interview and illustration by ADAM ROGERS
Six years ago, when a friend in New York first told me about a guy named Bobby from Boston who had a “football pitch full of the finest menswear gems you can imagine,” I knew I had to see it for myself. And so, like countless vintage heads before me, a few weekends later I hopped an Amtrak train to Southie to pay my respects. Bobby was asleep on his famous rocking chair when I arrived, dwarfed by an antique oak cabinet holding the most impressive display of boater hats I had ever laid eyes on. We spoke for about an hour and have kept in touch ever since. Recently, I interviewed him about his trade via Skype.
What’s the most memorable piece you’ve ever bought, Bobby?
Ha! You are talking 40-plus years buying clothes, you know? The stuff I really remember are things I buy for myself and aren’t for sale. I was seventeen or eighteen walking around Times Square with 100 bucks my uncle gave me and I went into some of those men’s clothing stores where you could buy suits for $39.95. I remember buying a James Brown lime green shirt jack suit. That’s the funniest thing I can remember buying. It was 1967.
“I sell things at a good price. If they can make a profit, then that’s fantastic, everybody is happy.”
And the best piece you own?
I have an American men’s suit that was made in 1854, which I really like a lot. The problem is it’s like everything else back then, it’s black.
You have brilliant taste in classic British menswear. Where did that come from?
In my case, I think it came from the environment I grew up in. I came from a very mobile black family. My mother had a Caribbean and English aesthetic that she really showed us.
What defines a good taste to you?
Appreciating details and not just having a good eye in one dimension. Having a good eye allows you to adapt to anything — furniture, cars, interior design, the whole nine.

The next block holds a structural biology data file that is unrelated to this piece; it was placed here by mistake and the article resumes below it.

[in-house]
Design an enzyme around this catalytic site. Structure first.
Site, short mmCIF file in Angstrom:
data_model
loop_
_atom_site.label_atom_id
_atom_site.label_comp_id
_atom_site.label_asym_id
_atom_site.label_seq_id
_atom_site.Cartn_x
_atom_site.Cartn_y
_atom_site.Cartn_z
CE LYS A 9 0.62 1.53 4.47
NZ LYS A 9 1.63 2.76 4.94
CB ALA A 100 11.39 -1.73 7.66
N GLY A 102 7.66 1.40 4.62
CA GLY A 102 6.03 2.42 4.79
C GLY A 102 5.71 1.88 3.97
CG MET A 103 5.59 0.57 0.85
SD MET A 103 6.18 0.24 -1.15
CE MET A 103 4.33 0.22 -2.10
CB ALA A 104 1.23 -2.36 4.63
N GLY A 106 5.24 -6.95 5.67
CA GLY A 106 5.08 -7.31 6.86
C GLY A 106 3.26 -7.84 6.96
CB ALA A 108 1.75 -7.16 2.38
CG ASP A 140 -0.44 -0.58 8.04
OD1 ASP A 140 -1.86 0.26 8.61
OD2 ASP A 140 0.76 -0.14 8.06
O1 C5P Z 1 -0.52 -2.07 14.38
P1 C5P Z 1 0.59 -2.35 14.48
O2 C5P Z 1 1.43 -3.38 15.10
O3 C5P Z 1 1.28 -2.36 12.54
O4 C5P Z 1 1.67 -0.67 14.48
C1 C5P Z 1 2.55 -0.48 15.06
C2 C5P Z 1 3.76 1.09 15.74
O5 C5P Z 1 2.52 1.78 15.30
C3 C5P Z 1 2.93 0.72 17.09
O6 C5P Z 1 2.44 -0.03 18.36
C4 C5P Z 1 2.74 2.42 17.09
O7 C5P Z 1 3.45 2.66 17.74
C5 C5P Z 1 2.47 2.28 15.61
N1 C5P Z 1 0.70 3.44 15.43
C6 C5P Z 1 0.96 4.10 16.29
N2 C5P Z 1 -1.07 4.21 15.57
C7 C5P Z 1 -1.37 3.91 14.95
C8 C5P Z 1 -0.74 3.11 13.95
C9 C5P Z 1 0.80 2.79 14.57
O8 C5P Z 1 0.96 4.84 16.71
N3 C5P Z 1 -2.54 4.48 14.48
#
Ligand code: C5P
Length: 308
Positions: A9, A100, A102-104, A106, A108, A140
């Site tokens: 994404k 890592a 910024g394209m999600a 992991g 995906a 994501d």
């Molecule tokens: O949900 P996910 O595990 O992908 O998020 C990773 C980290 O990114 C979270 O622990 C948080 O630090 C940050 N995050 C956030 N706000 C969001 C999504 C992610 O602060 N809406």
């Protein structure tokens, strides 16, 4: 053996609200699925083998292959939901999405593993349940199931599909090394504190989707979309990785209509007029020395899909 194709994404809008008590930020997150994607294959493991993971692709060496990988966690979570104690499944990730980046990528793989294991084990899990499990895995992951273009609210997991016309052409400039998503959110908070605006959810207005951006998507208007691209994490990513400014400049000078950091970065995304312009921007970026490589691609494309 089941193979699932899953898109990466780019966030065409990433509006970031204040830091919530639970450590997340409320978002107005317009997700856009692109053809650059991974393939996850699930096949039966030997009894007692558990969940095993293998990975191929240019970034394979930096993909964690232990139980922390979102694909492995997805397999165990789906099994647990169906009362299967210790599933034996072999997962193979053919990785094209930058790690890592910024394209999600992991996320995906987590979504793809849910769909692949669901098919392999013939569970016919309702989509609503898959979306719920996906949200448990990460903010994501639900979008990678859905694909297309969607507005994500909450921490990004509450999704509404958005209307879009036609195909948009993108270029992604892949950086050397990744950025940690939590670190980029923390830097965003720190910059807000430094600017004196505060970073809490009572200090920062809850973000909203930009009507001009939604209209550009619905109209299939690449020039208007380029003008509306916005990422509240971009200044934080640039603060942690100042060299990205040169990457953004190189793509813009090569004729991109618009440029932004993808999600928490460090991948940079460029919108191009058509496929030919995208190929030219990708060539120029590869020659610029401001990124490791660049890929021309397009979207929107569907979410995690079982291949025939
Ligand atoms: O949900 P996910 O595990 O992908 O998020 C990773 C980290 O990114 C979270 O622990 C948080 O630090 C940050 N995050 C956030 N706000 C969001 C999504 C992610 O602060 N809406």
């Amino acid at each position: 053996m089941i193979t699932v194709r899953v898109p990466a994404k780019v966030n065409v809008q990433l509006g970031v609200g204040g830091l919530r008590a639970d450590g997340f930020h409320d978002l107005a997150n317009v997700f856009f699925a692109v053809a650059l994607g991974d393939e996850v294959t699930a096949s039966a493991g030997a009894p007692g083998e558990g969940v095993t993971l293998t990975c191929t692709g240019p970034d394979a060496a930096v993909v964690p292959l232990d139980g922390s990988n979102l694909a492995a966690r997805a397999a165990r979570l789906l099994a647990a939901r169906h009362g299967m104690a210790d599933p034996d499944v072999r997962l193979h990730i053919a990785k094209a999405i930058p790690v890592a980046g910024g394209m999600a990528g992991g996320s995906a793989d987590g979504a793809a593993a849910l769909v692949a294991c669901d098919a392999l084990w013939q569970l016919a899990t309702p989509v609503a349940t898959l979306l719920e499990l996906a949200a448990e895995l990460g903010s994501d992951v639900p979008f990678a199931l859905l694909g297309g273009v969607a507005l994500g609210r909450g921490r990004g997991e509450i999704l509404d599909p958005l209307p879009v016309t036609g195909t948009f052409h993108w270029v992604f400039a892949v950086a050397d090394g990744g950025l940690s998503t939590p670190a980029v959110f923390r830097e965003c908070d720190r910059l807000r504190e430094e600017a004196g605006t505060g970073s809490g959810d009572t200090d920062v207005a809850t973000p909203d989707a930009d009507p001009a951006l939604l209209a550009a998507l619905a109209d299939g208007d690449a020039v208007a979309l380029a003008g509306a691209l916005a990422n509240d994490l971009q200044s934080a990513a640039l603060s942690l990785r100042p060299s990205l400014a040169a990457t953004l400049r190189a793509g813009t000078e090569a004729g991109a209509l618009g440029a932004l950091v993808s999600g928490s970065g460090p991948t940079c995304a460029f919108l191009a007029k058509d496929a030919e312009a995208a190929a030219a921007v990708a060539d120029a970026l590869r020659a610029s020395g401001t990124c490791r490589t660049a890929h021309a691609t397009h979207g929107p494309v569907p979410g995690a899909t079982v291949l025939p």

Vintage trends are always changing. How do you manage to stay relevant?
I’m more interested in trying to have a say in what is going to be worn down the road than trying to keep up with fashion. I hope I can continue to find the items that will be future classics that people come back to, like L.L. Bean duck shoes and other iconic things I was into before they became big trends. In the sixties, it was paisley and dark patterns similar to paisley. Nobody was buying them. I bought them by the shipload! I sold a thousand paisley shirts to a friend of mine on the Kings Road in London. I said, “Don’t sell them all.” But he sold them all, and he called me a few months later asking for a thousand more. I said you have to wait another five years before I find more. Suddenly, paisley shirts were hot again.
A lot of people deal in old clothes. Why do people call you the “King of Vintage?”
I’m very embarrassed and humbled by that. There are people who sell much more expensive stuff than me, and they do it a different way. They look for just the gems. I try and do it all: women’s, sleepwear, workwear, suits, kidswear, hats etc., so I can show it to the other kings of vintage and they can buy from me. I sell things at a good price. If they can make a profit, then that’s fantastic, everybody is happy.
Who’s your best-dressed customer?
I have quite a few. They live vintage, drive a vintage car. They look great and they know what they like, what fits them well.
Any advice for our readers on what to wear this summer?
I think the things to wear every summer are linen and rayon. Rayon is very cool. I don’t really like wrinkled linen, I like linen that can hold a crease. A nice Panama hat, a nice porkpie straw hat.
What about for amateur vintage lovers?
I’d tell those people who love it to persevere. When you’re looking through a barrel of stuff, really look through it and always go to the bottom. There are so many times that the best pieces are at the bottom, so don’t give up on the box. Be thorough, go through things piece by piece, don’t think you know everything, and you’ll find more. It will spark your interest and creativity, guaranteed.